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© Rakhesh Sasidharan

Thoughts on BBC One’s “The Missing”

The Missing is an interesting show. It’s one of those things that pull you in while watching, and while the ending may not make sense or might even let you down, you still keep thinking over the show and its characters. 

I started watching The Missing because of James Nesbitt. I stayed on because I liked the plot. It was slow, but every now and then the writers would drop something to feed your interest and keep you hooked for the next episode (where again the plot would slowly meander along). I suppose I could say I am a fan of slow shows, but that won’t be correct either, I think. Many a times I had a good mind to quit The Missing and just go over to Wikipedia to read what happens. But I held on because something attracted me to it. Maybe it’s Nesbitt’s performance, maybe it’s the writing. The plot is slow, but not painfully slow. The characters are sad, but not painfully sad (as one might say of Sarah Lunden of The Killing, which is similarly slow but I gave up after three seasons and was glad when they cancelled it). 

Yes, I think it’s the writing on The Missing that definitely had me hooked. The way the episodes were written and directed, it pulled you in to the plot so that while it was slow you were still hooked on to the plot and curious about what’s happening. And each episode was an exercise in slowly inching towards the truth. In each episode the characters (mainly James Nesbitt and Tchéky Karyo) uncovering a clue, come across roadblocks, and just when all hope seems to be lost there’s a glimmer of hope which leads them to the next clue/ episode. And these aren’t just random clues. They are sensible and well placed, so you stick on with the show.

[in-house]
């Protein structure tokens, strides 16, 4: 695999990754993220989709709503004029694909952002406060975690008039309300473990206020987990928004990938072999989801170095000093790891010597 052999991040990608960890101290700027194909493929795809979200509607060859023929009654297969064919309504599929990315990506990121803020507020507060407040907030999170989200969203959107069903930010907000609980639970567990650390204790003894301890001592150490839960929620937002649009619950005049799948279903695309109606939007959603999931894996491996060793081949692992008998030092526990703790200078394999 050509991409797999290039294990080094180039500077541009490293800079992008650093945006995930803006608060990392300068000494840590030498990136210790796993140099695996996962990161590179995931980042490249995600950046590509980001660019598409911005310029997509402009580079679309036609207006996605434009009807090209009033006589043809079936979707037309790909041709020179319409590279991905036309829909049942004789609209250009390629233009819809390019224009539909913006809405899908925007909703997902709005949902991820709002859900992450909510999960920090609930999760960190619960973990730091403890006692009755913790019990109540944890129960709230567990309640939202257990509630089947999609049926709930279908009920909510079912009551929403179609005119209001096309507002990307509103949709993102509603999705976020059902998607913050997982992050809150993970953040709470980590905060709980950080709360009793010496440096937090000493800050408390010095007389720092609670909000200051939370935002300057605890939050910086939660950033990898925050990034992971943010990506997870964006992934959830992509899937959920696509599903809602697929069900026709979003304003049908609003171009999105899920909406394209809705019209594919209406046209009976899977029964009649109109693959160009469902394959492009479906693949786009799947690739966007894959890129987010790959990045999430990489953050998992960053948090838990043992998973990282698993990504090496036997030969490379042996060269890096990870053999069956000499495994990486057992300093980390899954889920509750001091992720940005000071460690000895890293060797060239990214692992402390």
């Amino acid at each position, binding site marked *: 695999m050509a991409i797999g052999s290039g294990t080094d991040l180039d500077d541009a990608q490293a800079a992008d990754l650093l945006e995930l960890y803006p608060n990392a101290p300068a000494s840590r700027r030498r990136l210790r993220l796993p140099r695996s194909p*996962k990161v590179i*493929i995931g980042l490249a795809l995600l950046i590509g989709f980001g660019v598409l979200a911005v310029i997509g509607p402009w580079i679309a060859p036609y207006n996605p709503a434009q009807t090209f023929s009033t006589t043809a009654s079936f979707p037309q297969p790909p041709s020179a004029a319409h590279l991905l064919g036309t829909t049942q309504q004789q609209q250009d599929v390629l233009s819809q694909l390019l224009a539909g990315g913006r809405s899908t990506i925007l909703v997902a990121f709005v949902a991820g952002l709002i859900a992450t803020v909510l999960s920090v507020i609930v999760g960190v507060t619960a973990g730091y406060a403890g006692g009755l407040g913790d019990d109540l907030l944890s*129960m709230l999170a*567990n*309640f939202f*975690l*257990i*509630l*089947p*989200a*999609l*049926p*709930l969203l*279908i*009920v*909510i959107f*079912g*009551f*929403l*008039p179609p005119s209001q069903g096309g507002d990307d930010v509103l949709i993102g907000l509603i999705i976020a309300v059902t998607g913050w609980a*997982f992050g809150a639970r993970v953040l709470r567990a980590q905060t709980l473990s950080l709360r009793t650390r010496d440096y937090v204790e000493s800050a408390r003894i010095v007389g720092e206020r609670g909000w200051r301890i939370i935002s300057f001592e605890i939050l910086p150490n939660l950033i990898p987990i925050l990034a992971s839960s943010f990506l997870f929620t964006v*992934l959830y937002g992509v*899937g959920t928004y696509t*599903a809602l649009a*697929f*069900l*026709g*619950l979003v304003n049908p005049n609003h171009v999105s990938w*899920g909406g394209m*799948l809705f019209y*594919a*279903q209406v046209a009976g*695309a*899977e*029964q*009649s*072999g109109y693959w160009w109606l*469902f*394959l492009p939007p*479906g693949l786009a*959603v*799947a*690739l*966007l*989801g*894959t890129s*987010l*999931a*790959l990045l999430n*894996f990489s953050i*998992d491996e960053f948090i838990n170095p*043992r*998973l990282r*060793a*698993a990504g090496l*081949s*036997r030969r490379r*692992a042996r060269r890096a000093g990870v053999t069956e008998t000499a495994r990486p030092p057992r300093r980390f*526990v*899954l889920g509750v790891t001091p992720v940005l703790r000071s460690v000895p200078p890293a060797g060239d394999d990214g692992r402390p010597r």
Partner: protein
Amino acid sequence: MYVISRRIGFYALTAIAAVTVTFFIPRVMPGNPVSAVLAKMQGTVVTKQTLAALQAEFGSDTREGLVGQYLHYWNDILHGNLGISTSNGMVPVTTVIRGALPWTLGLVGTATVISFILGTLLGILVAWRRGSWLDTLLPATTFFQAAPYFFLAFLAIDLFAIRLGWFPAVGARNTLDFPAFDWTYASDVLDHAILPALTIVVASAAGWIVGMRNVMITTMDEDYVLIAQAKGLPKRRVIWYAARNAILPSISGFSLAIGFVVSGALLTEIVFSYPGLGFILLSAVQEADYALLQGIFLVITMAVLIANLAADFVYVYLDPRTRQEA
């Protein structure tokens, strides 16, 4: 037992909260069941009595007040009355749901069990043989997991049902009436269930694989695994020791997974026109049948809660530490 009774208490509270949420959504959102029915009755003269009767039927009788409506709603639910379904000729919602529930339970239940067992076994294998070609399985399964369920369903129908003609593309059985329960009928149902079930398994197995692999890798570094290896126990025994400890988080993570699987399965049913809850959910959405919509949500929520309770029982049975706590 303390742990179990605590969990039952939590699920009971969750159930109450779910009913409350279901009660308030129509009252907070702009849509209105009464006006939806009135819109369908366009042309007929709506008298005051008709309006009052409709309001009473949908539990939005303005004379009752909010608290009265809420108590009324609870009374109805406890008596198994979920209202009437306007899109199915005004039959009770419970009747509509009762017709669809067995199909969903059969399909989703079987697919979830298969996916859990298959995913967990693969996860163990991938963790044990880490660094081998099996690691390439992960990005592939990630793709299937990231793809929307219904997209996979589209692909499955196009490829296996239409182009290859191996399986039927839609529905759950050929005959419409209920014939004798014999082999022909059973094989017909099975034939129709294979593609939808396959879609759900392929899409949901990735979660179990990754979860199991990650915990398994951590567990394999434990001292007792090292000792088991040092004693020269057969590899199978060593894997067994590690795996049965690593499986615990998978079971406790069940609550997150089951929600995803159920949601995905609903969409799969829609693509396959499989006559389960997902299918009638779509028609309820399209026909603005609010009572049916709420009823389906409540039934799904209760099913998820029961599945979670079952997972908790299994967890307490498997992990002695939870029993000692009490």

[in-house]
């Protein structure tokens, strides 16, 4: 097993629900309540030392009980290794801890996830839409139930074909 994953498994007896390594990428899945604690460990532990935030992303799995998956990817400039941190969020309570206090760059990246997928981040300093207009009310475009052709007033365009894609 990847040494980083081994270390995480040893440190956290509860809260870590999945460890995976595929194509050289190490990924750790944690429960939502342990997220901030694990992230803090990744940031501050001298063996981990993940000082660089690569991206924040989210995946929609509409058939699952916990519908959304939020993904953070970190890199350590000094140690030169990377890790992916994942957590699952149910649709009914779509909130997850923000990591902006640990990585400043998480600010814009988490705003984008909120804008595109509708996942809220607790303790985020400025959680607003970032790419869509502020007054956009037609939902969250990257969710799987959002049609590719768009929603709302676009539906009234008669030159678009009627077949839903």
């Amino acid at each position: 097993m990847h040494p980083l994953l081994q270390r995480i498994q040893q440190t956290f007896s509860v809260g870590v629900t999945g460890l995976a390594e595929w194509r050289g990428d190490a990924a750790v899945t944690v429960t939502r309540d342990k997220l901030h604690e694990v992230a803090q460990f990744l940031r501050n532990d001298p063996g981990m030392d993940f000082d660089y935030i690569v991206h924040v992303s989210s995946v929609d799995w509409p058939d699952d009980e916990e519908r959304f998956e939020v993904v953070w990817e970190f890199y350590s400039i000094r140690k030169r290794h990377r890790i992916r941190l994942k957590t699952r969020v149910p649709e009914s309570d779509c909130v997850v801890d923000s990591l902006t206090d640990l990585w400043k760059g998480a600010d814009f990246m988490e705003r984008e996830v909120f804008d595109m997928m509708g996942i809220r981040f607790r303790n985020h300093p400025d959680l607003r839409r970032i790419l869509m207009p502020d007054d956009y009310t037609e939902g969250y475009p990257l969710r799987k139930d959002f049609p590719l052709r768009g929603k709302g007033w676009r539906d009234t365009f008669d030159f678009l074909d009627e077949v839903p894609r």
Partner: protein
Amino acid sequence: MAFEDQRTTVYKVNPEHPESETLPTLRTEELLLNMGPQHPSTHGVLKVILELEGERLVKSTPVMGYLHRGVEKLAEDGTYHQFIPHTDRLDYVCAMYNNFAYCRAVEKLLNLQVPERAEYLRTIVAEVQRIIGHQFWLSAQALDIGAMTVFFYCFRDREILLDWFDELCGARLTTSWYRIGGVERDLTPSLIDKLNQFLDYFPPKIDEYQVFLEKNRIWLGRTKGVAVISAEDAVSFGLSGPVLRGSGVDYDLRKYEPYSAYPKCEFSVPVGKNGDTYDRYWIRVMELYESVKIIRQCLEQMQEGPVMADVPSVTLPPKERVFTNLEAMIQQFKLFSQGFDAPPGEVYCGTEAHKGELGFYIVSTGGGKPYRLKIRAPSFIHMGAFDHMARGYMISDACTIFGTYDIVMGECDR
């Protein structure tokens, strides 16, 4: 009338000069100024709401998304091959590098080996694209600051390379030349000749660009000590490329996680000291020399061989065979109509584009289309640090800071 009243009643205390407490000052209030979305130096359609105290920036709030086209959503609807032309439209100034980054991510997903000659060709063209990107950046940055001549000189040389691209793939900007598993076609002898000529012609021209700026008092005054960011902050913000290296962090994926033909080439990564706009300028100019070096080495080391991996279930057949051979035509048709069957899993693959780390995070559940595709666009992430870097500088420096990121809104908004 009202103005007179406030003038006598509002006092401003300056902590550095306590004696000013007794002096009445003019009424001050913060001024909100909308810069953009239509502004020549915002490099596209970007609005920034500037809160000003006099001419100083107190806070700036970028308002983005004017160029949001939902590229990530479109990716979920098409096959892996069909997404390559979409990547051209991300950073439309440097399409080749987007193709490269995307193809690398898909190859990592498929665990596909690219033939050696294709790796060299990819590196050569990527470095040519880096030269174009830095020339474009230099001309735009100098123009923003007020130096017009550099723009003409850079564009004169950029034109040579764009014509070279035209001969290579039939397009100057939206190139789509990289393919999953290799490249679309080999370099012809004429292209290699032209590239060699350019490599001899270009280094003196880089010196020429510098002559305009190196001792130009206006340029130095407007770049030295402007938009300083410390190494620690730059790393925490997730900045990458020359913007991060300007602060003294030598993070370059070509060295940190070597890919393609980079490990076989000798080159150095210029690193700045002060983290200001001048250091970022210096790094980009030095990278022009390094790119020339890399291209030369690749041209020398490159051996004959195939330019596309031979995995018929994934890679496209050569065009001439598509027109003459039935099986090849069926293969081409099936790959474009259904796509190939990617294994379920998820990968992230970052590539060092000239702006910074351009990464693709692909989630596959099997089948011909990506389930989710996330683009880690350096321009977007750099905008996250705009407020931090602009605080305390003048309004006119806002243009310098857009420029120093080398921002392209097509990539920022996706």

Interestingly it was the father of the missing boy who is more worried and “crazy” in this show, while the mother though sad manages to cope with it and make an effort to move ahead with her life. I didn’t expect that. In the first episode when the boy wen’t missing, I assumed it would be the mother who’d have difficulty and hence break up the marriage. Again, good writing. Sensible stuff. 

The ending is what put me off and also dragged me into the show. Not the ending of the mystery where they discover what “supposedly” happened to the boy, but the mystery surrounding that ending. That was superbly taken. For one, when the boy’s dead body was shown to the mayor, we the audience too never see it. So we are trapped in the mind of the parents – inquisitive just like them to know what happened to the boy – but unable to verify for themselves/ ourselves on whether the dead body was really of the boy. And therein the writers are kind of treating us like the father and mother I think. Some of us will be like the mother and find peace with the ending, telling ourselves that it was indeed the boy so we now have some sort of closure. But the rest of us will be like the father, unsure about the ending – and tearing ourselves apart in the process – because we haven’t seen the body! And to top it up there’s the final ending where the father is now in Russia and there’s a picture of the stick figure the boy draws, and we are left with no closure as to whether the boy drawing it was the son or just some random kid. We are trapped in the father’s mind-frame with no closure for ourselves, haunted with the thought that perhaps the boy is still alive! I love that.

The Missing really isn’t about a boy missing. It’s about the things missing in everyone’s life (including the viewers) after the experience. Missing closure. Missing life because of being trapped in the prison. Missing peace. 

If I remember correctly ever since the boy went missing, every year his father had been on some clue hunt or the other. Most of them ended up in a false alarm, but this latest one led to an end. The question now – and rightly so – is whether he should just leave it at that, or keep digging to answer all his questions? After all if he had just left things as they were, he would have never discovered what really happened to his son. So isn’t he justified in digging further and ignoring everyone else in his pursuit to satisfy any other doubts he may have? And especially since that stick figure drawing was on that window in Russia – surely it must mean something?